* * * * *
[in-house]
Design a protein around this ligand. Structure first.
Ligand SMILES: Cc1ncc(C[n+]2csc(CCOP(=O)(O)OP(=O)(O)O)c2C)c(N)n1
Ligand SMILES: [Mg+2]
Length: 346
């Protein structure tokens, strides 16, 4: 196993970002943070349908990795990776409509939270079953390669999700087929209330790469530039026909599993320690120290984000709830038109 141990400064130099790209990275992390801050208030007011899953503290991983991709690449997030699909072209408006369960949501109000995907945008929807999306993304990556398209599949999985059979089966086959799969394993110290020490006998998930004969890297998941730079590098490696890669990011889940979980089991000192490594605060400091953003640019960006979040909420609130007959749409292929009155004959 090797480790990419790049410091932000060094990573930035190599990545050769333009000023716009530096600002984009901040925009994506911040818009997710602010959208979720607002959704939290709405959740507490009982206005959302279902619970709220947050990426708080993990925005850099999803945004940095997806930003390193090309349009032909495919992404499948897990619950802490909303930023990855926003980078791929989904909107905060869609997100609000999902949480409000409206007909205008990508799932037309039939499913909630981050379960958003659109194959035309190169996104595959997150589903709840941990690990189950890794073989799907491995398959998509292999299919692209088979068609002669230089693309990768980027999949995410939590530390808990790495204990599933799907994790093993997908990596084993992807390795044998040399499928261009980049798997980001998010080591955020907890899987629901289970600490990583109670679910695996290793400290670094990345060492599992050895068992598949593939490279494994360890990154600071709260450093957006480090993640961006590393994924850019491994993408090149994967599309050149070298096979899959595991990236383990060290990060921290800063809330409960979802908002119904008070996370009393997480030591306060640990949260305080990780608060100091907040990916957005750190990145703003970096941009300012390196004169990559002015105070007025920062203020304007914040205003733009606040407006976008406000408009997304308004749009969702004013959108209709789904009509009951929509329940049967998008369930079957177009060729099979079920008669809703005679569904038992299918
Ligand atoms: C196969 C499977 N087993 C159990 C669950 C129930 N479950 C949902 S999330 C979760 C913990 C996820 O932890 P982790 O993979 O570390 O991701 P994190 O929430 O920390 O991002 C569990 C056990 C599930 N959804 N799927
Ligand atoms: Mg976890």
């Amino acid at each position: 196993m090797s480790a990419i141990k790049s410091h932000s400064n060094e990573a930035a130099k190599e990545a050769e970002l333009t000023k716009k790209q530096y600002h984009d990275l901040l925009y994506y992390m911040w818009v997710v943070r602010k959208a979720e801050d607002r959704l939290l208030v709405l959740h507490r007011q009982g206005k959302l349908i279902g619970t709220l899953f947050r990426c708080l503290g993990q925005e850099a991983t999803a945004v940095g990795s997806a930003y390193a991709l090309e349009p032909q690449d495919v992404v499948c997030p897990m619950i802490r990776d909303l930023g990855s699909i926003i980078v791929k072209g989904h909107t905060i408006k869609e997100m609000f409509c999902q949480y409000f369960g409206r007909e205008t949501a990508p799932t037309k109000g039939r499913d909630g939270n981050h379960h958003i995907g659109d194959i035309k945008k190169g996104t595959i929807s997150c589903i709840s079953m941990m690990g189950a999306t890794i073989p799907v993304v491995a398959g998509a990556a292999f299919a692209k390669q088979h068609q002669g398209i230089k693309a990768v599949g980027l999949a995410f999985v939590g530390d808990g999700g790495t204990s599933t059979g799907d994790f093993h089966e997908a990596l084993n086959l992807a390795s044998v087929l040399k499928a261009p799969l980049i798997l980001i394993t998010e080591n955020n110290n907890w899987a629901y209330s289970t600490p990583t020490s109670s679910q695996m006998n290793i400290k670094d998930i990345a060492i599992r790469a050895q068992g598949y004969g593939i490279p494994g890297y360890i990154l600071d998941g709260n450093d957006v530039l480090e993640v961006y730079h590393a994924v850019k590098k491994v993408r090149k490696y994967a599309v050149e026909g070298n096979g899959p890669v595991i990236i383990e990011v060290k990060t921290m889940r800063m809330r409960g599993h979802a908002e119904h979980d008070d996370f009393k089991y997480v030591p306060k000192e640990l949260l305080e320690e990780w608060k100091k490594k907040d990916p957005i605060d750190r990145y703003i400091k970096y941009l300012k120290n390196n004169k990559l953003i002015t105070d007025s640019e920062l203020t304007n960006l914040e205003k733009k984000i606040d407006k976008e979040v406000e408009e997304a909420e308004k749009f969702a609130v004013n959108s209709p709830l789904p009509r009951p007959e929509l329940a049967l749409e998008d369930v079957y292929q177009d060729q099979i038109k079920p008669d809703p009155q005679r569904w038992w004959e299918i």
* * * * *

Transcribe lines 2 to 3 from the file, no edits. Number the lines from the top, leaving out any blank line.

Design a protein around this ligand. Structure first.
Ligand SMILES: Cc1ncc(C[n+]2csc(CCOP(=O)(O)OP(=O)(O)O)c2C)c(N)n1